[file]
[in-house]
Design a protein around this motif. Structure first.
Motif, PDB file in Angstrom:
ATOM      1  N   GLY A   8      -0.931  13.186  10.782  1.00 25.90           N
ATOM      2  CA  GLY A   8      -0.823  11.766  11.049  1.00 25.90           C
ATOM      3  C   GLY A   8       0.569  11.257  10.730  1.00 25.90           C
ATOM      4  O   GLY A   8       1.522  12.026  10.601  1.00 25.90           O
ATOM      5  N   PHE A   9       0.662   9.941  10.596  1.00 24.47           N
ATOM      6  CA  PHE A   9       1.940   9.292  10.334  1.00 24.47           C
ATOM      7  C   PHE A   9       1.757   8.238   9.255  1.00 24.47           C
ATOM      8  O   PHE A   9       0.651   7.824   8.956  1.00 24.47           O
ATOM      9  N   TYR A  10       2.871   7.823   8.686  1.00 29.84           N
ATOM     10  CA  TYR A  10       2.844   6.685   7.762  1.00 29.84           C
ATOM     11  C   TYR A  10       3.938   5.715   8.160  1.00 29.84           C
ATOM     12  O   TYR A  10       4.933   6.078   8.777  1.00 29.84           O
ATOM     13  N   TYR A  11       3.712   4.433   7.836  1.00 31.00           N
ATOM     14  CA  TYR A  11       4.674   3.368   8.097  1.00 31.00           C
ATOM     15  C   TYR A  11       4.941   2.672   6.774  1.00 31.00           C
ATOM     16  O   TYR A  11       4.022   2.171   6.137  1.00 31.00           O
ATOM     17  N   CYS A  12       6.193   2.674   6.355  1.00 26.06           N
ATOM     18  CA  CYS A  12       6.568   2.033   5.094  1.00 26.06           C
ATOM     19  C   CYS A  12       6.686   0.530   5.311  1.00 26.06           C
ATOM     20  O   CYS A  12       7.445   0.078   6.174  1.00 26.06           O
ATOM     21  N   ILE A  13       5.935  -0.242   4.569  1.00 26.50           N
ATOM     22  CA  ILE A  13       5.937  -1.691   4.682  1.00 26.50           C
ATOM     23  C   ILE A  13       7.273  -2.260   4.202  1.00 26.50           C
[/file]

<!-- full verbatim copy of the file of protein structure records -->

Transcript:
[in-house]
Design a protein around this motif. Structure first.
Motif, PDB file in Angstrom:
ATOM      1  N   GLY A   8      -0.931  13.186  10.782  1.00 25.90           N
ATOM      2  CA  GLY A   8      -0.823  11.766  11.049  1.00 25.90           C
ATOM      3  C   GLY A   8       0.569  11.257  10.730  1.00 25.90           C
ATOM      4  O   GLY A   8       1.522  12.026  10.601  1.00 25.90           O
ATOM      5  N   PHE A   9       0.662   9.941  10.596  1.00 24.47           N
ATOM      6  CA  PHE A   9       1.940   9.292  10.334  1.00 24.47           C
ATOM      7  C   PHE A   9       1.757   8.238   9.255  1.00 24.47           C
ATOM      8  O   PHE A   9       0.651   7.824   8.956  1.00 24.47           O
ATOM      9  N   TYR A  10       2.871   7.823   8.686  1.00 29.84           N
ATOM     10  CA  TYR A  10       2.844   6.685   7.762  1.00 29.84           C
ATOM     11  C   TYR A  10       3.938   5.715   8.160  1.00 29.84           C
ATOM     12  O   TYR A  10       4.933   6.078   8.777  1.00 29.84           O
ATOM     13  N   TYR A  11       3.712   4.433   7.836  1.00 31.00           N
ATOM     14  CA  TYR A  11       4.674   3.368   8.097  1.00 31.00           C
ATOM     15  C   TYR A  11       4.941   2.672   6.774  1.00 31.00           C
ATOM     16  O   TYR A  11       4.022   2.171   6.137  1.00 31.00           O
ATOM     17  N   CYS A  12       6.193   2.674   6.355  1.00 26.06           N
ATOM     18  CA  CYS A  12       6.568   2.033   5.094  1.00 26.06           C
ATOM     19  C   CYS A  12       6.686   0.530   5.311  1.00 26.06           C
ATOM     20  O   CYS A  12       7.445   0.078   6.174  1.00 26.06           O
ATOM     21  N   ILE A  13       5.935  -0.242   4.569  1.00 26.50           N
ATOM     22  CA  ILE A  13       5.937  -1.691   4.682  1.00 26.50           C
ATOM     23  C   ILE A  13       7.273  -2.260   4.202  1.00 26.50           C